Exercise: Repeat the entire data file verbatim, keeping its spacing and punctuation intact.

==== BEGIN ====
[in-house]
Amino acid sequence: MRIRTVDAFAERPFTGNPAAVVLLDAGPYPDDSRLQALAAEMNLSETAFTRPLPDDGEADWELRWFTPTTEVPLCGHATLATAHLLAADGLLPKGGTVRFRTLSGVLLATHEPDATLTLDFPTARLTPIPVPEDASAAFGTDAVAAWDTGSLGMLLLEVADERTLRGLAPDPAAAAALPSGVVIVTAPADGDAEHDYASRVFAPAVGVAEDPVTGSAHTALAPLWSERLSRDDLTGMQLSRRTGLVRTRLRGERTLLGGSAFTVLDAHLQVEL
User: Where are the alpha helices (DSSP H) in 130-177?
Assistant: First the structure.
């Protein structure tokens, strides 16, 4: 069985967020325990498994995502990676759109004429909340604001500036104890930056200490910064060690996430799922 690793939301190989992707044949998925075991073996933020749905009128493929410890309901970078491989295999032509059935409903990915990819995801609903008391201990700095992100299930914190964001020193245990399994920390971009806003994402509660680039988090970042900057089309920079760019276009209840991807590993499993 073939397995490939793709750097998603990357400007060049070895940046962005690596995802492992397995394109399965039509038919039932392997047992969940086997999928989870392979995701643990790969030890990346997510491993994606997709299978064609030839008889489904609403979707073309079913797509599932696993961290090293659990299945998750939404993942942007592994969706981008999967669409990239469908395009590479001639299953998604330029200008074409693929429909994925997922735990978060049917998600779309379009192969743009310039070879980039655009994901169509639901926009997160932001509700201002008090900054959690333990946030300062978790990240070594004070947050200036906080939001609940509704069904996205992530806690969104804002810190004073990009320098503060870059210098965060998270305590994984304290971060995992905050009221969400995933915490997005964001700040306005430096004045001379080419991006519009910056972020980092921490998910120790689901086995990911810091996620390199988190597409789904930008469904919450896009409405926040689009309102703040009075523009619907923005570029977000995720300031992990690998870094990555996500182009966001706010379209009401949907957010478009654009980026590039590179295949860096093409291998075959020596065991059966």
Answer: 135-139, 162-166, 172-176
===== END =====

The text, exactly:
[in-house]
Amino acid sequence: MRIRTVDAFAERPFTGNPAAVVLLDAGPYPDDSRLQALAAEMNLSETAFTRPLPDDGEADWELRWFTPTTEVPLCGHATLATAHLLAADGLLPKGGTVRFRTLSGVLLATHEPDATLTLDFPTARLTPIPVPEDASAAFGTDAVAAWDTGSLGMLLLEVADERTLRGLAPDPAAAAALPSGVVIVTAPADGDAEHDYASRVFAPAVGVAEDPVTGSAHTALAPLWSERLSRDDLTGMQLSRRTGLVRTRLRGERTLLGGSAFTVLDAHLQVEL
User: Where are the alpha helices (DSSP H) in 130-177?
Assistant: First the structure.
């Protein structure tokens, strides 16, 4: 069985967020325990498994995502990676759109004429909340604001500036104890930056200490910064060690996430799922 690793939301190989992707044949998925075991073996933020749905009128493929410890309901970078491989295999032509059935409903990915990819995801609903008391201990700095992100299930914190964001020193245990399994920390971009806003994402509660680039988090970042900057089309920079760019276009209840991807590993499993 073939397995490939793709750097998603990357400007060049070895940046962005690596995802492992397995394109399965039509038919039932392997047992969940086997999928989870392979995701643990790969030890990346997510491993994606997709299978064609030839008889489904609403979707073309079913797509599932696993961290090293659990299945998750939404993942942007592994969706981008999967669409990239469908395009590479001639299953998604330029200008074409693929429909994925997922735990978060049917998600779309379009192969743009310039070879980039655009994901169509639901926009997160932001509700201002008090900054959690333990946030300062978790990240070594004070947050200036906080939001609940509704069904996205992530806690969104804002810190004073990009320098503060870059210098965060998270305590994984304290971060995992905050009221969400995933915490997005964001700040306005430096004045001379080419991006519009910056972020980092921490998910120790689901086995990911810091996620390199988190597409789904930008469904919450896009409405926040689009309102703040009075523009619907923005570029977000995720300031992990690998870094990555996500182009966001706010379209009401949907957010478009654009980026590039590179295949860096093409291998075959020596065991059966």
Answer: 135-139, 162-166, 172-176